How much do you love your dog? Enough to have it cloned? Then, you may be in luck. According to MSNBC, a Northern California biotech company is about to hold an online auction.  Promising the five highest bidders will get a genetically-identical copy of an existing pet – or a puppy from the frozen tissue of a long-dead dog. Opening bids: $100,000.

The project is called Best Friends Again, run by entrepreneur Lou Hawthorne. He says his company has the only license to clone dogs, cats, and endangered species using the patents issued when Dolly the sheep became the first successfully-cloned animal. Hawthorne recently hired a South Korean scientist to create three clones of the Hawthorne family dog, Missy – who died in 2002. The three puppies – born to three different mothers - don’t look exactly like Missy. Although tests show they’re perfect genetic copies, fur coloring and size are influenced by conditions in the womb – so they look a bit different. Hawthorne says they have the same mischievous streak as the original Missy - and they all love steamed broccoli, just like she did.

Is it moral to clone dogs? Critics point out that it’s cruel. Vets have to operate on three dogs to clone a puppy – the DNA donor – if it’s still alive - the egg donor, and the surrogate mother. Only one in four implanted embryos survive to term – though supporters say that’s about the same success rate as conventional dog breeders. There’s also no guarantee that the cloned dogs will have the same temperament or personality as the original. Meaning – they’re really not just like your late, beloved Rover. The Humane Society says it's irresponsible to duplicate an animal when we're euthanizing millions of happy, health pets simply because there aren't enough homes for them. Your thoughts? Would you clone your pet if you had an extra $100-grand to spare? Call me toll free: 866-865-TESH.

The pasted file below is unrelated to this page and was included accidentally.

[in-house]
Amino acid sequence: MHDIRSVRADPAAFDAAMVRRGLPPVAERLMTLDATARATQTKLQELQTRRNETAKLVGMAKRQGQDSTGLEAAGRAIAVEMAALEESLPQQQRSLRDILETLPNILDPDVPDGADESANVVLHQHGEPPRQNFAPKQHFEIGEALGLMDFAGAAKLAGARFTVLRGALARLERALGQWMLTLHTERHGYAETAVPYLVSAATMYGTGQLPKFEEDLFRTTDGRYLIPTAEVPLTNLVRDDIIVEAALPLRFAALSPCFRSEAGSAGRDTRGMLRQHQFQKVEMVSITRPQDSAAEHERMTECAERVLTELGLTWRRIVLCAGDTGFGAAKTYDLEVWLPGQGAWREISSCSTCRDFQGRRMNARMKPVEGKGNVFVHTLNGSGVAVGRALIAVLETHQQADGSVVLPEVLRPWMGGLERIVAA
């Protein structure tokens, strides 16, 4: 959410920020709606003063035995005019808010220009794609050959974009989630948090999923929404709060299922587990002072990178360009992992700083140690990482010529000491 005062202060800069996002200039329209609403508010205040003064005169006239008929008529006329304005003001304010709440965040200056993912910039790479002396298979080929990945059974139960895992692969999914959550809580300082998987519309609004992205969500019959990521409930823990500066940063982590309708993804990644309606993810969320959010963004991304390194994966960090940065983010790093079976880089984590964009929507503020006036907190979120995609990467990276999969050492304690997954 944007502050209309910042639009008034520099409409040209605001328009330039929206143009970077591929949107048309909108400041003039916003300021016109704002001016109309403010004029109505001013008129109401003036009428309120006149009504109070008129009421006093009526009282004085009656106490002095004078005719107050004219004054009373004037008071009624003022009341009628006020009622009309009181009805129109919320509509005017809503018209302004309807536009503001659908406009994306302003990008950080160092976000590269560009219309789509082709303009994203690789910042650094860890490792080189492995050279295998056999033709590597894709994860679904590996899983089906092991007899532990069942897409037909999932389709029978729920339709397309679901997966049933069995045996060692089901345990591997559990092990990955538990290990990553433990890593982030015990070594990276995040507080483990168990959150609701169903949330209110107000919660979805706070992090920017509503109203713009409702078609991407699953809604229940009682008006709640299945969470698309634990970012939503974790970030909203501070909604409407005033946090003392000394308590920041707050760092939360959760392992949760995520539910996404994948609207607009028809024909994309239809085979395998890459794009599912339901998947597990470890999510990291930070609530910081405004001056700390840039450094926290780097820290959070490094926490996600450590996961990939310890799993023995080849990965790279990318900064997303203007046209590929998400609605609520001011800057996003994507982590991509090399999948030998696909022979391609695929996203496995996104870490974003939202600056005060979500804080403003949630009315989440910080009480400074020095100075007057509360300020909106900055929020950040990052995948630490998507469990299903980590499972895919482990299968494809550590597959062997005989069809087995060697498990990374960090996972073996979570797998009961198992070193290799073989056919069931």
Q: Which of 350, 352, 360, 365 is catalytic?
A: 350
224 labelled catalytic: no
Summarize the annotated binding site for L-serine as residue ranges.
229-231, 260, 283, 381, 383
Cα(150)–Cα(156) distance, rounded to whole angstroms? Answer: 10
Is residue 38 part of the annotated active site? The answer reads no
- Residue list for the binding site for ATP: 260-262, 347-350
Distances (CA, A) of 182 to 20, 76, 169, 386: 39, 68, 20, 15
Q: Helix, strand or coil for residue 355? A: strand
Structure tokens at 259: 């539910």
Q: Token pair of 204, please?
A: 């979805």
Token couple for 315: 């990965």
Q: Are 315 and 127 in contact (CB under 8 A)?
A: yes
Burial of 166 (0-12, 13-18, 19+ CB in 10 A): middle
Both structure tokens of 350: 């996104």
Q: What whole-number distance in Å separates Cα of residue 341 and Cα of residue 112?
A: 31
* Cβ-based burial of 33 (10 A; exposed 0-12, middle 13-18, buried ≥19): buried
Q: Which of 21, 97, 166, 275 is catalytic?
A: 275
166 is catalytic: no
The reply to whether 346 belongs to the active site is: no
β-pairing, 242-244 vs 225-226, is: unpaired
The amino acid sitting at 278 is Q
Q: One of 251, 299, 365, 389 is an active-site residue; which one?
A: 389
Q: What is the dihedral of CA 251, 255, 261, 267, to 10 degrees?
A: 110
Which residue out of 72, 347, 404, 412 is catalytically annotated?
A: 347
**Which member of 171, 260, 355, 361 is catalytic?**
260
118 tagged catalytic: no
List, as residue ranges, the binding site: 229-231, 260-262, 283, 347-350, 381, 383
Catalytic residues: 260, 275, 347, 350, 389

And if you’re interested in the cloned dog auction, it happens on June 18th. I’ll post a relevant link at Tesh .com.  

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